Ads 468x60px

About Me

Darren Winters is a self made investment multi-millionaire and successful entrepreneur. Amongst
his many businesses he owns the number 1 investment training company in the UK and Europe.
This company provides training courses in stock market, forex and property investing and since
the year 2000 has successfully trained over 250,000 people.

Tuesday, 24 June 2014

Sovereign State VS Hedge Fund

It has been dubbed as the financial case of the decade, involving a Latin American sovereign state, the Republic of Argentina versus NML Capital LTD hedge fund, led by billionaire hedge fund manager Paul Singer.

The story goes something like this; you have a group of bond holders who reckoned that there was a killing to be made by purchased Argentinean sovereign debt just after it had collapsed in 2001.  This relatively risky investment strategy may sound wolf like but if it played out in your favor it could also be extremely lucrative for those cashed up and well connected.  The idea is to hunt for distressed debt and buy it (in this case sovereign Argentinean debt) on the secondary market at or near the point when the debtor is very weak or in imminent danger of default, at a huge discount, then sue the debtor for a larger amount than the purchase price.

So that is precisely what Mr. Singer and his pack of wolves did and they are now arguing that Argentina should cough up and pay back in full the 1.5 billion USD debt. But that isn’t the way the South American state sees it. On the other side of the fence Argentina is contending that NML Capital LTD, is immorally profiteering from a debtor in financial distress.  The country is arguing that NML Capital should have restructured the debt in 2005-2010 just like the other bond holders had done. Argentine President Cristina Fernandez, known for not mincing her words and always ready to tap into populace opinions is calling the hedge fund managers “vultures,” and flat right refusing to pay as a matter of principle.  But perhaps this could be partly due to the fact that if Argentina where to agree to pay NML it may also open the floodgates for the country to pay their other bond holders to the tune of 15 billion USD. This would certainly be an unwelcomed scenario for Argentina’s fragile economy, which it cannot afford.

Nevertheless, the US Supreme court has recently ruled in favor of NML Capital. Argentina’s final appeal has been refused by the Court, which has ordered Argentina to pay back the 1.5 billion USD within 14 days. Moreover, the US Supreme Court ruled 7-1 that bondholders could now force Argentina to reveal where it owns property around the world, making it easier to collect on the unpaid debts. This could even expose its embassies and military ships to seizure if the government doesn't pay, according to Justice Ruth Bader Ginsburg. Drumming the sound beats in favor of the US Supreme Court’s ruling a NML spokesman said: “America’s highest court has spoken. Now it is time for Argentina to honor its commitments to its creditors, which would benefit both Argentina’s economy and its international standing.”

Nevertheless, responding to the US’s highest court in the land ruling Argentine president Kirchner appeared on national TV stating, 'What I cannot do as president is submit the country to such extortion.' The financial consequence of such a stern posture by the head of the Argentine state was both immediate and predictable.  The cost of insuring Argentine bonds against default rocketed, and the value of Argentina's currency plunged to 12 pesos to the dollar on the black market and shares on Buenos Aires Merval stock exchange index fell by a whopping 6 percent and they were down again 4.92 percent on Friday, June 20.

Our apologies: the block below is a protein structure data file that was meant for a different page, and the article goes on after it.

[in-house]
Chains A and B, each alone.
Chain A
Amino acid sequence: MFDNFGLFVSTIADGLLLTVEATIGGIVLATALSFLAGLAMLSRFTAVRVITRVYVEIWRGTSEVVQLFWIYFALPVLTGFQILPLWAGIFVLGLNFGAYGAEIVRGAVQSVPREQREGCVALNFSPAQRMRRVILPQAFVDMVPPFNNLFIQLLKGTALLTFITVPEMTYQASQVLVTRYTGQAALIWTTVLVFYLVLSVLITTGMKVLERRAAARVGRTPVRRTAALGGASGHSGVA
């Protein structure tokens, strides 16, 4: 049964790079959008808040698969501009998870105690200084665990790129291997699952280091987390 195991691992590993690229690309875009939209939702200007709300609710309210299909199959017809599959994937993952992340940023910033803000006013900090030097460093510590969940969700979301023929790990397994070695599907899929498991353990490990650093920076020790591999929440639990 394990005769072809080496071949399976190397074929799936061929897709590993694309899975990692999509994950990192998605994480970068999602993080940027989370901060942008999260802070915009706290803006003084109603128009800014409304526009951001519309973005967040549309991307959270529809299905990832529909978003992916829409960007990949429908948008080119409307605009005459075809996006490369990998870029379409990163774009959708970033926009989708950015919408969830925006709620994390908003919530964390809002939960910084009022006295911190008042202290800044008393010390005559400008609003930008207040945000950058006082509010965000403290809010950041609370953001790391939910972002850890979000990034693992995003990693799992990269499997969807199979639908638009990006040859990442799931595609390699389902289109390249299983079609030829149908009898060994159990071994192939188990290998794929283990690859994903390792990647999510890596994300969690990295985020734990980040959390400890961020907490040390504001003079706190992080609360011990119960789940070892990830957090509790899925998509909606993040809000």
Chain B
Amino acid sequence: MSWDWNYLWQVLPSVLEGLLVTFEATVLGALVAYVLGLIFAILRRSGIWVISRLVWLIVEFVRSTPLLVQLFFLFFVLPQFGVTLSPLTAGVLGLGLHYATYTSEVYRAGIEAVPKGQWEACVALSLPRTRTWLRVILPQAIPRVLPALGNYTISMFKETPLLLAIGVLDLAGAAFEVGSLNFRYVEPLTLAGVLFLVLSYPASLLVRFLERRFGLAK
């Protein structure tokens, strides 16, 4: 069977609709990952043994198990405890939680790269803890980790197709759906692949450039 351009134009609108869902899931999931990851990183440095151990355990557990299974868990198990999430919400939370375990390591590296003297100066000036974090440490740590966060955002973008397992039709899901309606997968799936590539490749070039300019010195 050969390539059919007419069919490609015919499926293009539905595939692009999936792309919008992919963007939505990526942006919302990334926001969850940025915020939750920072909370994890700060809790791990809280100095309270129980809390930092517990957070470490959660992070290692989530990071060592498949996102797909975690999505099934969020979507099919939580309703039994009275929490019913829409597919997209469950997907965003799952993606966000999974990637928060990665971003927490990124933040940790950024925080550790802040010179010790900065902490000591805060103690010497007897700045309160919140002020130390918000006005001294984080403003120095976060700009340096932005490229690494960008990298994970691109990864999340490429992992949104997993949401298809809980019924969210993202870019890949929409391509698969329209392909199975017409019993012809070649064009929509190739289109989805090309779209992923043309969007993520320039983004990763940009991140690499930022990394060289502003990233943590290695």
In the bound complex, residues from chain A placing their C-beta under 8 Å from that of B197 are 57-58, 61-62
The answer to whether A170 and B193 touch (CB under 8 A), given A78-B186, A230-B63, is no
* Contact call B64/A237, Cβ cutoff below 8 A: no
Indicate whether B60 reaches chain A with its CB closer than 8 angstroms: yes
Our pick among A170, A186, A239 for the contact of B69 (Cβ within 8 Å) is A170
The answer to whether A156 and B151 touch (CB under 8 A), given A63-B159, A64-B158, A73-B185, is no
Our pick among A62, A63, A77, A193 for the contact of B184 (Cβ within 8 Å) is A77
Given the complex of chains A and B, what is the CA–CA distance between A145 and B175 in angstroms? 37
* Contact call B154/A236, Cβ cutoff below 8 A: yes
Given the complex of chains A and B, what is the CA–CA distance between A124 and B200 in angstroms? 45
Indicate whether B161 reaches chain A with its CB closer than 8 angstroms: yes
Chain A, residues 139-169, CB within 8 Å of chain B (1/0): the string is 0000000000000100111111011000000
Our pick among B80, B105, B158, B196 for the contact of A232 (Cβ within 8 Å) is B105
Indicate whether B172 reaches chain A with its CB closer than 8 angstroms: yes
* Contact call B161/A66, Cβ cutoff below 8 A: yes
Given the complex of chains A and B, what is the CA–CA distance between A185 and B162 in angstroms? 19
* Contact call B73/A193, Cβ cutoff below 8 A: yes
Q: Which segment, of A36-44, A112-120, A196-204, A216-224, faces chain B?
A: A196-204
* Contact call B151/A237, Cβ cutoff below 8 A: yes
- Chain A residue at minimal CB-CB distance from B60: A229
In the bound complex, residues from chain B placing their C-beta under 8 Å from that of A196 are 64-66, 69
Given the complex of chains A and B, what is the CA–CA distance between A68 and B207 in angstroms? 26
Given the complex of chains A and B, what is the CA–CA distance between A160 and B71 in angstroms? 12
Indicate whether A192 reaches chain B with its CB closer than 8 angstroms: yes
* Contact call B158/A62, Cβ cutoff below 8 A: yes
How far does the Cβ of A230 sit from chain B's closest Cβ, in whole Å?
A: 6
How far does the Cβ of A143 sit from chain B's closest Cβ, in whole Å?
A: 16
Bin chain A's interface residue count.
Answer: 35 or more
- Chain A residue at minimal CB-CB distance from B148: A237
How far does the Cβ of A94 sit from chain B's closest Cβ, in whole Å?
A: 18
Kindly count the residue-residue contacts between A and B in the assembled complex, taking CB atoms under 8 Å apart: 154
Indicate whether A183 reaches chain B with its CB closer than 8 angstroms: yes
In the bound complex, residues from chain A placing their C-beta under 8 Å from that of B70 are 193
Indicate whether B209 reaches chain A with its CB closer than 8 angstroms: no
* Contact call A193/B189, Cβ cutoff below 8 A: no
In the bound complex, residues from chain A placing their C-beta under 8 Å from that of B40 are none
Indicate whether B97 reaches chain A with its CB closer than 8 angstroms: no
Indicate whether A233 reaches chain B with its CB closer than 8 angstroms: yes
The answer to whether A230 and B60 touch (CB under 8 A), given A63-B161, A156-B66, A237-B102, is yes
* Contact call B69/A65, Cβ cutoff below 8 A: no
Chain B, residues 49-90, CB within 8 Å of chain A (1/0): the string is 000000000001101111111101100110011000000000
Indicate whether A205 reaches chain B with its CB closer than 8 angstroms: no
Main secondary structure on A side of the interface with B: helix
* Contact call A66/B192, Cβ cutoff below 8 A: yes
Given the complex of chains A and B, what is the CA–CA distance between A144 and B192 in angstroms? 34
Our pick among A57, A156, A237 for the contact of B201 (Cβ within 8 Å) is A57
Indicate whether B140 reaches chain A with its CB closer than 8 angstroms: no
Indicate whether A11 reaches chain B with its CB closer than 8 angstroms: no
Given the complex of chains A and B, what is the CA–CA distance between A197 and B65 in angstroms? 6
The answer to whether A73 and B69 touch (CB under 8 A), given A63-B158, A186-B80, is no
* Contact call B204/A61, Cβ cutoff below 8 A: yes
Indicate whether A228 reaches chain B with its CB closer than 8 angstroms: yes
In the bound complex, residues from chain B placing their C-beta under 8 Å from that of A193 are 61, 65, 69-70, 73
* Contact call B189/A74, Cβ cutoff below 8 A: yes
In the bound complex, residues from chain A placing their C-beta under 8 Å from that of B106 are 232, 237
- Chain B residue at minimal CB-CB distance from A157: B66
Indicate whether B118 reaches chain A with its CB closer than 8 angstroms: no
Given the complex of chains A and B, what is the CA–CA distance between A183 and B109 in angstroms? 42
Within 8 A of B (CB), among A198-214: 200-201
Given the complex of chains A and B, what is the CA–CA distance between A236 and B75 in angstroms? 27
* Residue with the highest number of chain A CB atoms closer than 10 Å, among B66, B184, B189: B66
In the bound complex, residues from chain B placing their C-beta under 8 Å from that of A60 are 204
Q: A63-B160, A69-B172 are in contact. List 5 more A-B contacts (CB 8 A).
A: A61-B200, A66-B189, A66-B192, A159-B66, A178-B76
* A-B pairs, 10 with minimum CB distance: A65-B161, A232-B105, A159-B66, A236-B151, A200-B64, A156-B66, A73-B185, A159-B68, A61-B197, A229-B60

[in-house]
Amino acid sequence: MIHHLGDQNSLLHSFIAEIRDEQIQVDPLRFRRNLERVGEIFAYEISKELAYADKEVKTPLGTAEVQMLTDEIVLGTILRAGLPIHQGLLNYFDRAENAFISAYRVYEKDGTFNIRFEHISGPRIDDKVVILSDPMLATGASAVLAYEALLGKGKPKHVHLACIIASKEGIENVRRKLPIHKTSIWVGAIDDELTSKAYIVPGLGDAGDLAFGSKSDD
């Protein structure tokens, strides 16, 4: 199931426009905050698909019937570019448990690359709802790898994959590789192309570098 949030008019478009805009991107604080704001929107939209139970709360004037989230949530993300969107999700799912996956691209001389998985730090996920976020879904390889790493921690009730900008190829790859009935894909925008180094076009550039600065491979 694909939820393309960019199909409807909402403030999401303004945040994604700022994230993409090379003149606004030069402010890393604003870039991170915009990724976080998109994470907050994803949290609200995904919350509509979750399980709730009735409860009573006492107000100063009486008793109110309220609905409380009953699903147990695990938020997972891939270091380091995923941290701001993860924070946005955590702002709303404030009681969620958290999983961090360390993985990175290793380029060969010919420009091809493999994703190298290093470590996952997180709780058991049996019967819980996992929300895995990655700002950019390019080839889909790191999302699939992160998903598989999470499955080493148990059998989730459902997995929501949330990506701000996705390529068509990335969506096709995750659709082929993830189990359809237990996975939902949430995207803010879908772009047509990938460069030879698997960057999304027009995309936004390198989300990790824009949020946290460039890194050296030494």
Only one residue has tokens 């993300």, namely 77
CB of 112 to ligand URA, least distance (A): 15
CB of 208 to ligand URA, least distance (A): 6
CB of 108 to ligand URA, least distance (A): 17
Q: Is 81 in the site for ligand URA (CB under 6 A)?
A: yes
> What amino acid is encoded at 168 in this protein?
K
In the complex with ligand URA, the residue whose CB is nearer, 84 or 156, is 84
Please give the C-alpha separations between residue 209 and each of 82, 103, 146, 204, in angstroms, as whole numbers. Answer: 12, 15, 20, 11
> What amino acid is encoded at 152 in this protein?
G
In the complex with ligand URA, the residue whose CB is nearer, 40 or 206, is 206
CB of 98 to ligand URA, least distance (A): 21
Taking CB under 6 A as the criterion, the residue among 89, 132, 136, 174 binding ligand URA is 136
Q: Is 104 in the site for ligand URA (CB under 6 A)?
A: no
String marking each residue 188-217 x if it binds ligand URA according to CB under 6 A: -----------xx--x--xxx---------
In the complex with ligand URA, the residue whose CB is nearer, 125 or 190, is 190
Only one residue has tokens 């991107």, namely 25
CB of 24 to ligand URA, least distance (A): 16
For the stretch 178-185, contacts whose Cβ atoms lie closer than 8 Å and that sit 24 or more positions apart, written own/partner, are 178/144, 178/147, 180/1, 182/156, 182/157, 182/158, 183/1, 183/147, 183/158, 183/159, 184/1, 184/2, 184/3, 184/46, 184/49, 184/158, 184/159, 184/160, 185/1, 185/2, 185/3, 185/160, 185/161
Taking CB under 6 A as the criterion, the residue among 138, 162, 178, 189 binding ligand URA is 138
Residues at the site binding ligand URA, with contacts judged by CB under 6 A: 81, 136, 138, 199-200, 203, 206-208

There are now a number of options available for Argentina; it could obviously honor its commitment and pay the bond holders. But this is unlikely to happen since it would be keen to avoid a floodgate scenario with it’s other bond holders.

Alternatively, Argentina could try and renegotiate the debt. A likely obstacle here could be a piece of legislation called “the lock law”, which prohibits offering a better rate to the debt holders who did not accept the restructured rates.  Alternatively, Argentina could try and reroute payment to exchange holders outside the US, thereby circumventing US ruling, but as cited in the FT this would be logistically difficult to do.  The final option is that Argentina could default on its debt. This would not be a feeble matter, since the last time Argentina defaulted was in 2001 on 82 billion USD sovereign bonds, which happened to be the largest in history. The following events occurred; the Argentina President resigned; the peso was devalued, unemployment rocketed and riots broke out with more than 53 percent of Argentines falling below the poverty line. It took four years for the economy to recover. 
It’s worth noting that Argentina remains today cut off from the global financial markets. So an Argentina debt default may not be so damaging to the global financial markets this time around.  Furthermore, the likely amount of debt default of approximately a few USD billion is significantly less than last times non-payment of its 82 USD billion debt.

Bearing this in mind, the consequence of another Argentina default, while it may rattle Mr Singer and his pack, it is unlikely to result in a major global financial disruption. However, the US Supreme Court’s ruling could be a floodgate case for next time a country runs into financial difficulties and is unable to pay back its debts. Investors may have little or no incentive, or even be under a fiduciary obligation not to participate in any future debt restructuring scheme. While the court’s ruling is a boon for holdouts it has also made striking a debt restructuring deal a lot harder for debtors. Argentina’s next payment is due on June 30.


Post a Comment

Blogger Templates